Coates has introduced the concept of the Dream, which is his interpretation of the American Dream, emphasizing the extent to which this idea is a willful delusion. Rather than being a morally admirable—or even morally innocent—quest for success and prosperity, the Dream is inherently built out of the exploitation and oppression of African Americans. In this passage, Coates explains that he does not resent the Dream outright, and has even longed to believe in it.

All “those families” he mentions are mostly white families who are able to go about their lives within the delusion of the Dream, never questioning its ethical validity or consequences. Yet even as Coates at times envies those who believe in the delusion, fundamentally he pities them—this is because, as Coates emphasizes throughout the book, no one can ever be free unless they see the world as it really is, rather than buying into myths. The Dream only exists by “warring with the known world,” and thus those who pursue the Dream cannot fully engage or be at peace with the world around them.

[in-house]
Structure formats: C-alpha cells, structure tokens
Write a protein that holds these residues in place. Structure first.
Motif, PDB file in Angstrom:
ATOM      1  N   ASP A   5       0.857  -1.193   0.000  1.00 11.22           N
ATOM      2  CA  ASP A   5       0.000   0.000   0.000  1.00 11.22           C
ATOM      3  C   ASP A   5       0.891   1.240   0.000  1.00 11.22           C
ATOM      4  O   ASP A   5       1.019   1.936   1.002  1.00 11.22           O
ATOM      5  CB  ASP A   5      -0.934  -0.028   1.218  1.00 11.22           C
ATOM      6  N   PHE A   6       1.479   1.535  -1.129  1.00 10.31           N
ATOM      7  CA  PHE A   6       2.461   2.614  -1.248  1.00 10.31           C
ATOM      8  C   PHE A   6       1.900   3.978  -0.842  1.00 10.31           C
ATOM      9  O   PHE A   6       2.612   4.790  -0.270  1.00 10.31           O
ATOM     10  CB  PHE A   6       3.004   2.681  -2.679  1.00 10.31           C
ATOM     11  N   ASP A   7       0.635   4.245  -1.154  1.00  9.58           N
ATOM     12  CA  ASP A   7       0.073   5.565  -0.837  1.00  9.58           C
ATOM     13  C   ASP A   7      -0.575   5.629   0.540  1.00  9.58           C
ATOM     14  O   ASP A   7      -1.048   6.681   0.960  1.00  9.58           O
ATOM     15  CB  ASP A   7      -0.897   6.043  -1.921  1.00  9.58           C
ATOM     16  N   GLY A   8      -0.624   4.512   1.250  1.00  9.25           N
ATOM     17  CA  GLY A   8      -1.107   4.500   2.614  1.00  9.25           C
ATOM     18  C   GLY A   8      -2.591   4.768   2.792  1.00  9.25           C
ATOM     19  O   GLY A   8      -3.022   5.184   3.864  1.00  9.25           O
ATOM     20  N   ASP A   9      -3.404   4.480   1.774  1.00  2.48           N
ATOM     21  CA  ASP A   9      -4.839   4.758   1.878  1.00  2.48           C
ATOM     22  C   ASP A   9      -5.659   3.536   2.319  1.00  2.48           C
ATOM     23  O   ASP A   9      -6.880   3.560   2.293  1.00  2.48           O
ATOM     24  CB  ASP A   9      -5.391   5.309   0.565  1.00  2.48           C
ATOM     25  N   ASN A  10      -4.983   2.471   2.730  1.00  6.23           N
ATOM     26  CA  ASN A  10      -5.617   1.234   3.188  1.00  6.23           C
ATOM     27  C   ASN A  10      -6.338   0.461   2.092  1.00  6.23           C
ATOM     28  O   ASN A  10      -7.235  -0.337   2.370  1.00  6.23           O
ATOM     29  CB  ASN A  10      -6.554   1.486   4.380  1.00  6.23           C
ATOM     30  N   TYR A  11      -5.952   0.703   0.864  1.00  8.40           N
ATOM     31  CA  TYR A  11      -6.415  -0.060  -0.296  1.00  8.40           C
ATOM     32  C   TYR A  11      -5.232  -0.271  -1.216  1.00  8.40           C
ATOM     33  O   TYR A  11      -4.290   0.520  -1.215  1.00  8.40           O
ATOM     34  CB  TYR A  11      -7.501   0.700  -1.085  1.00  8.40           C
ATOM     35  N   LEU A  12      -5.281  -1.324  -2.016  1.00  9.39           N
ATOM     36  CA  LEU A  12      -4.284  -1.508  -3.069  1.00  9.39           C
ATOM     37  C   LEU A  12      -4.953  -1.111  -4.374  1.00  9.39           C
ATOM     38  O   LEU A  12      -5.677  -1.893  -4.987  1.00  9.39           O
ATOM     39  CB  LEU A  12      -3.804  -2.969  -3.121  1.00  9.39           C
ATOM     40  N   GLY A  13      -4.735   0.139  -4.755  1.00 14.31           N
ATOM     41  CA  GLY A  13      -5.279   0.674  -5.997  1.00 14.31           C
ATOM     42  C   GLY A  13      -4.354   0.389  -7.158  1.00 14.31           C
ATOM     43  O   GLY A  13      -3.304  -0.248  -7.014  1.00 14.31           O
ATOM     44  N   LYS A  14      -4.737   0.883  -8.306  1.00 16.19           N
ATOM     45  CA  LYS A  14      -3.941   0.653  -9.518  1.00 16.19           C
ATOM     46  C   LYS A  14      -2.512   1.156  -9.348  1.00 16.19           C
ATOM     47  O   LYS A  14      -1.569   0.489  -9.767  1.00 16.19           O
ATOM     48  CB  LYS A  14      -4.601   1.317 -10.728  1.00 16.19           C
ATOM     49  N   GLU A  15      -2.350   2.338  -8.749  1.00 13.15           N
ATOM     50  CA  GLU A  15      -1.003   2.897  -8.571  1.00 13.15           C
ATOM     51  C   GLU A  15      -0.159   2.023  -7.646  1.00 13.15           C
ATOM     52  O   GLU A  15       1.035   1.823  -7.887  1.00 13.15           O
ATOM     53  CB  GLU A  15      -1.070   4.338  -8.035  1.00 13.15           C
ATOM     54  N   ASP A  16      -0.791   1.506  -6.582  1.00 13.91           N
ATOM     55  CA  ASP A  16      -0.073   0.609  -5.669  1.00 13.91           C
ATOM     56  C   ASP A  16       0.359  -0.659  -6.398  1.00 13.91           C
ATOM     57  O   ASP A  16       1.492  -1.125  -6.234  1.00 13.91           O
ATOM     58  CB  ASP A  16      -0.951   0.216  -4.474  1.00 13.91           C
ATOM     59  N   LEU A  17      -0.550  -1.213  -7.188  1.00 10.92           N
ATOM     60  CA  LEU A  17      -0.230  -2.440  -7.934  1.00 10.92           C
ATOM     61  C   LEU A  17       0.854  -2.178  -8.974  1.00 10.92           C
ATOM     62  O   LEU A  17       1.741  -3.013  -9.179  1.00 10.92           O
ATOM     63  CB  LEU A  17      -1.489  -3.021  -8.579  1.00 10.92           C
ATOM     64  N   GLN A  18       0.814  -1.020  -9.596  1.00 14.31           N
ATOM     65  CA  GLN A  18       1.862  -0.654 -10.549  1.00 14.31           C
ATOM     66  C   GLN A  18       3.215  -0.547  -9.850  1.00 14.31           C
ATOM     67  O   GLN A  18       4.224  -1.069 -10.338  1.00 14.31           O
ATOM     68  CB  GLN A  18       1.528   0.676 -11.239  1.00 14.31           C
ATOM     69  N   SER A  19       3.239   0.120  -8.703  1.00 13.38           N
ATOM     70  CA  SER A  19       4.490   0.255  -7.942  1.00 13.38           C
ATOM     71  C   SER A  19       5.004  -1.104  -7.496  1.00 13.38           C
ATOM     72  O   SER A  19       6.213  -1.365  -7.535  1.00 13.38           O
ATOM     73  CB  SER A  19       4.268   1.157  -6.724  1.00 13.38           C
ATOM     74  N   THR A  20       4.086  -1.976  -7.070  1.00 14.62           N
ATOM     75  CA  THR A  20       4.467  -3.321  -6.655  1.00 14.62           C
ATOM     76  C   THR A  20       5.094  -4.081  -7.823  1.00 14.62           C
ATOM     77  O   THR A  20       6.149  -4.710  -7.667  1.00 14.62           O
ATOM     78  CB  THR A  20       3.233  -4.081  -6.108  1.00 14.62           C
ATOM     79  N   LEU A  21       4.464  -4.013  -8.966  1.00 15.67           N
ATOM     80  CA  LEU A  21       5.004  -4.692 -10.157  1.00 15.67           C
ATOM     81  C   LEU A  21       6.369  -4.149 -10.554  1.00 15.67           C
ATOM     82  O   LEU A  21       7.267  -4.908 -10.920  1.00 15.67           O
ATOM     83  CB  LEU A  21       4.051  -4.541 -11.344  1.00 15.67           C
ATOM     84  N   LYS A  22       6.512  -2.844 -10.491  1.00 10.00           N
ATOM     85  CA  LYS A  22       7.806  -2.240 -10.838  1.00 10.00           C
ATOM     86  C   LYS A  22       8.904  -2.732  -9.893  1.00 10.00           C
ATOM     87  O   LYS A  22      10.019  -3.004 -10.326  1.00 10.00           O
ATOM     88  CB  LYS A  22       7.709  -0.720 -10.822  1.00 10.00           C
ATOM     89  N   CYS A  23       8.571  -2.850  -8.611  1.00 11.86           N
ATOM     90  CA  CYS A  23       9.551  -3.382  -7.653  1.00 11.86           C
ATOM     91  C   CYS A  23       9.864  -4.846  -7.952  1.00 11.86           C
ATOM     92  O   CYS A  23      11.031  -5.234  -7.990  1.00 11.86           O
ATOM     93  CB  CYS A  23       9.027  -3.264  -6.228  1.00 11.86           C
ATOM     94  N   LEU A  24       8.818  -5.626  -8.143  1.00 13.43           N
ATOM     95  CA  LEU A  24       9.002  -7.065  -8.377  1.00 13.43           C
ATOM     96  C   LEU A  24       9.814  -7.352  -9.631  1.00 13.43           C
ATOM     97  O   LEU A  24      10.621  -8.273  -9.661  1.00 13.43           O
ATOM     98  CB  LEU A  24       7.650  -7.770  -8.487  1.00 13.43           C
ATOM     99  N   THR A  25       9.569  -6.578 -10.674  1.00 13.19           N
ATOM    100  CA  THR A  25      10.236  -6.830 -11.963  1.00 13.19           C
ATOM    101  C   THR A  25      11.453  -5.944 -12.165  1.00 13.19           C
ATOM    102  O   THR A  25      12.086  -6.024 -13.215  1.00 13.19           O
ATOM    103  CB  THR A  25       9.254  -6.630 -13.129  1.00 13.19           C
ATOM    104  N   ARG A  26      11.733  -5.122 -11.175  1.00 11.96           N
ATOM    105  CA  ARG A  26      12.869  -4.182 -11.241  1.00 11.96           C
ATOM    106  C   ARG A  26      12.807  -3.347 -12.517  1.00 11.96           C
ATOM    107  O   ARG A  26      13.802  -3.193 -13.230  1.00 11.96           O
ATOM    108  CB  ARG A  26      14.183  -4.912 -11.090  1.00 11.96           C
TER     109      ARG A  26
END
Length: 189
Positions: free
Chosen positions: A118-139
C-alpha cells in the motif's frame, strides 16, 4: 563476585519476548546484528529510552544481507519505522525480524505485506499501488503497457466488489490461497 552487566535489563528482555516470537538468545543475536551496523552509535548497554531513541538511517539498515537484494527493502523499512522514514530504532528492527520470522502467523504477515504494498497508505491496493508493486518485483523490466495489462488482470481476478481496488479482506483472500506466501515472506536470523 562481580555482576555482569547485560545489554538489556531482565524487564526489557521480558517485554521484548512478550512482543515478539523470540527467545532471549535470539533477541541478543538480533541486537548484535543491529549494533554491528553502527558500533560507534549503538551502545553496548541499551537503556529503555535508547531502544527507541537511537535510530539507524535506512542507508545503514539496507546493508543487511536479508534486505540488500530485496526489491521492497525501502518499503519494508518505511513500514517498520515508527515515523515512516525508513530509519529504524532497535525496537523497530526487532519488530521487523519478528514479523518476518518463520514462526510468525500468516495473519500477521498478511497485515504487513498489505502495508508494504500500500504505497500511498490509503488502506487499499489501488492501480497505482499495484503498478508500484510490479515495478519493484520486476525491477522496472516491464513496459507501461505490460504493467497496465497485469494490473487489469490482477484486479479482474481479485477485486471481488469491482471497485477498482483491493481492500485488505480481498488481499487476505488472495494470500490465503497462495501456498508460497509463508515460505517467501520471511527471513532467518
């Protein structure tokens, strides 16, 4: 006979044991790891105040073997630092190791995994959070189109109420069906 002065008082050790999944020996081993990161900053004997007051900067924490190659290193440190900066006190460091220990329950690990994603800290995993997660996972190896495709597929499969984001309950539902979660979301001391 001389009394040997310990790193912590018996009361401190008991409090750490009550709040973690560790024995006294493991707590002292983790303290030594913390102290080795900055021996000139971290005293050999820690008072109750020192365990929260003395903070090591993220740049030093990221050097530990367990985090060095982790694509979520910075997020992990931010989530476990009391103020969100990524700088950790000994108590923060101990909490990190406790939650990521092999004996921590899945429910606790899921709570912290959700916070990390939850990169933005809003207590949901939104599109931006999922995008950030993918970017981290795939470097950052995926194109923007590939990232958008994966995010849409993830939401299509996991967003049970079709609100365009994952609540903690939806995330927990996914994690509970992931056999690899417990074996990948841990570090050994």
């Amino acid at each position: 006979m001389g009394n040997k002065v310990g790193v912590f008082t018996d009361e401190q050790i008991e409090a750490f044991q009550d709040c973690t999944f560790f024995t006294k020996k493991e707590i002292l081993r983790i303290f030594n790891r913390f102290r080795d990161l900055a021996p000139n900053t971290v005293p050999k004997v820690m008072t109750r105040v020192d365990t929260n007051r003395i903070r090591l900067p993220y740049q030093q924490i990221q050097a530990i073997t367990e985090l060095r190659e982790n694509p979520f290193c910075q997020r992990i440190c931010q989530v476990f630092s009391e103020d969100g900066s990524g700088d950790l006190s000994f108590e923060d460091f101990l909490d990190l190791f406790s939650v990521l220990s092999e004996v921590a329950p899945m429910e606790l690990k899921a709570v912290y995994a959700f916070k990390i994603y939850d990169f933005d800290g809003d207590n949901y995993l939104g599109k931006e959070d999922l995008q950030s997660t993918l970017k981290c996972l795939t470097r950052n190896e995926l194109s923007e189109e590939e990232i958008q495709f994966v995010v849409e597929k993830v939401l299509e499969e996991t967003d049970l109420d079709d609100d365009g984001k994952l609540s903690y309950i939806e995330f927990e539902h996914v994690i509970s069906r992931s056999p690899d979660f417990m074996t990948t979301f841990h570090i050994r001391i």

Some time ago I rejected magic in all its forms. This rejection was a gift from your grandparents, who never tried to console me with ideas of an afterlife and were skeptical of preordained American glory. In accepting both the chaos of history and the fact of my total end, I was freed to truly consider how I wished to live––specifically, how do I live free in this black body?

Related Characters: Ta-Nehisi Coates (speaker), Paul Coates, Cheryl Waters
Page Number: 12
Explanation and Analysis:

Coates has explained that he rejects the Dream, meaning that he refuses to accept a mythical account of American society in order to pursue his own path to success and ignore the inequality and suffering around him. Coates’ suspicion of the Dream is in large part based on its disconnection from reality, and in this passage he explains that this rejection of myth began in his childhood, when his parents raised him as an atheist.

Whereas religion is often considered a source of strength and optimism, particularly in the black community, in this passage Coates reverses this idea. He argues that only by embracing “the chaos of history and the fact of my total end” is it possible to feel satisfied by the choices he makes. Rather than hoping that he will receive redemption in the afterlife, Coates approaches the matter of injustice with a sense of absolute urgency. For Coates, life must be guided by honesty and curiosity in order for there to be any hope of true freedom.